The People-to- People Program
THE PEOPLE & CULTURE OF THE BAHAMAS
The 294,982 people who live in The Bahamas are predominantly of West African descent. Their ancestors were slaves brought to the islands to work the cotton plantations until 1834, when Britain abolished slavery in all its territories. Most white residents of are descendants of the first English settlers, who emigrated from Bermuda in 1647 to gain religious freedom. Some are also related to the Loyalists who fled the southern United States during the American Revolution and built enormous plantations here.
After the abolition of slavery, life in the islands changed drastically. The plantations were dissolved, and both blacks and whites turned to the bountiful sea (sponging and fishing) or tried to farm. The lack of fertile cropland prompted the islanders to become a nation of seafarers, and Bahamians used these skills to great advantage during the days of shipwrecking, gun running, and Prohibition.
Bahamians take great pride in their past, especially their names, which are indicative of a rich cultural legacy. There are many common names like the Gibsons, reputedly from Scotland; the Alburys, Malones and Russells, said to be Irish Loyalists; and the Eleuthera Bethels, who say they came with those zealous adventurers years ago. It has been said that the Bethels once spelled their name with two 'l's', but removed one because of their religious convictions. The Black Bahamians' roots go back just as far, as evidenced by the many who took the name "Rolle," after Lord Rolle, a wealthy and much-loved planter in Exuma who, after emancipation, gave his land to his former slaves.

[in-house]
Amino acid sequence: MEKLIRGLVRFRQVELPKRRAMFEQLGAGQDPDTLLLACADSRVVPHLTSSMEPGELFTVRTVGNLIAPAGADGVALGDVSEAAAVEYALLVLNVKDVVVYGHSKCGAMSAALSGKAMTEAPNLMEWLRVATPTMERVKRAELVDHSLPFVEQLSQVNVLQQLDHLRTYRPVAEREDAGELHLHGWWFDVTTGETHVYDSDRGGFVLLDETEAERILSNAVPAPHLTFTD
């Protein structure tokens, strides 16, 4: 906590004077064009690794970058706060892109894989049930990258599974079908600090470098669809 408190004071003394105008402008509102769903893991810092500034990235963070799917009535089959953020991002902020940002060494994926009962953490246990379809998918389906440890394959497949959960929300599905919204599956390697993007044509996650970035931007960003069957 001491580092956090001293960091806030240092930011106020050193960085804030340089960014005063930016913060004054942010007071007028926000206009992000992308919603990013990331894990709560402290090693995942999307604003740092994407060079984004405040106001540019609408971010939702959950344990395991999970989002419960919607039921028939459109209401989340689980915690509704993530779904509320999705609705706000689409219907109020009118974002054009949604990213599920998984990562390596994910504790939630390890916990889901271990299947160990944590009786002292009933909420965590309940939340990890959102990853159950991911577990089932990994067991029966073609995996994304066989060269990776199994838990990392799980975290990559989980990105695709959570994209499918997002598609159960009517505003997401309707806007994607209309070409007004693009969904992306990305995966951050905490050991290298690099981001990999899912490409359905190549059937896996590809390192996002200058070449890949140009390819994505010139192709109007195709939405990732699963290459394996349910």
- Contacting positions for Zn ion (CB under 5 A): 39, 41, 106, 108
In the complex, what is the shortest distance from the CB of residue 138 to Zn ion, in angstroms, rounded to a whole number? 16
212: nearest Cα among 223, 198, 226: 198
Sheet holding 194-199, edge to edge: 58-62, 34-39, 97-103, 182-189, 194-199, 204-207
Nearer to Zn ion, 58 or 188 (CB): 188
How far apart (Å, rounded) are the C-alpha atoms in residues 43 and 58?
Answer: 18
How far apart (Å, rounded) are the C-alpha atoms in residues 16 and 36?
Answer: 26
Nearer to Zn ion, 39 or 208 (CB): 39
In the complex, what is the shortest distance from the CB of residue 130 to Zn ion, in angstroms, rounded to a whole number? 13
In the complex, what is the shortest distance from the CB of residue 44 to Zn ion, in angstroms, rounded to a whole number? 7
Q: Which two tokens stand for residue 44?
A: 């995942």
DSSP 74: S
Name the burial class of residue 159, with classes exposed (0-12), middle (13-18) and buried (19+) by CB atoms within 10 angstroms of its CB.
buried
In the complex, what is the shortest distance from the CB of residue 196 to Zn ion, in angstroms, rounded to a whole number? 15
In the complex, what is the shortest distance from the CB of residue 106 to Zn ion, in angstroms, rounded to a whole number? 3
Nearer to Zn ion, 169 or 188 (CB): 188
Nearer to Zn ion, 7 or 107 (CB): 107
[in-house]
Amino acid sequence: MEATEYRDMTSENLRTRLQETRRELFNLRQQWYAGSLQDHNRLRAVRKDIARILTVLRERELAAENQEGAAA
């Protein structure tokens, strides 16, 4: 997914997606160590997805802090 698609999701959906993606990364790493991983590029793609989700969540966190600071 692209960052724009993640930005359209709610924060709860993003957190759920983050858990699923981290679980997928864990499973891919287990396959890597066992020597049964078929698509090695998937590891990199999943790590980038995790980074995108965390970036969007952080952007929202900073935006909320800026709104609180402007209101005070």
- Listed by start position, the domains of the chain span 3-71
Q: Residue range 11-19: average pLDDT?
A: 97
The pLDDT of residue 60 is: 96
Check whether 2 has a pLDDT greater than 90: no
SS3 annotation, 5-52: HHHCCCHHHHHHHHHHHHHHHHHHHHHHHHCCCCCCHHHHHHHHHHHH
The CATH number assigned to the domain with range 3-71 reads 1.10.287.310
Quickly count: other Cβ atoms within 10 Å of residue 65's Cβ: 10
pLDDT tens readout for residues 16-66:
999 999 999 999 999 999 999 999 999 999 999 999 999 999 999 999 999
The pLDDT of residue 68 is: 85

Religion is an integral part of Bahamian life. Even the tiniest village has a church, sometimes two. The people's religious ardor and high regard for education are evidence of their Puritan heritage, derived from the Eleutheran Adventurers. Music is also in the very bones of the people. African rhythms, Caribbean Calypso, English folk songs and the uniquely Bahamian Goombay beat echo in the air. The fast-tempoed "goom-bahhh" resonating from the drums can be traced back to the days of slavery and is used both for story-telling and dancing.
The legal and political institutions of the country reflect its Anglo-Saxon heritage. It has a bicameral parliamentary government composed of a Senate and a House of Assembly, a Prime Minister, an Attorney General, and an independent Judiciary, including a Supreme Court and a Court of Appeals. The Changing of the Guard ceremony, held every two weeks, continues the British tradition, and Bahamian policeman pride themselves on their starched uniforms. Many will not put on their shirts until they are on duty to preserve their formal appearance, which is quite impressive.
The laid-back attitude of Bahamians is often misunderstood by those unaware that it evolves from years of a good life in a land where nature provides every need. There is always time to worry about the bad things tomorrow. Bahamians are humorous, helpful people who love to celebrate. Don't get too angry if you want to go shopping and everything is closed. It's probably the Queen's Birthday or some other holiday. Weddings and funerals in The Bahamas are especially important social events. People begin celebrating a marriage weeks before the official ceremony begins, and the passing of loved ones is commemorated by parties long after they are gone.
To find out more about Bahamian culture, be sure to contact People-to-People at (242)326-5371, (242)328-7810, (242)326-9772. This year-round Ministry of Tourism programme gives visitors a genuine and informal view of Bahamian hospitality and culture as you might see it when visiting a friend.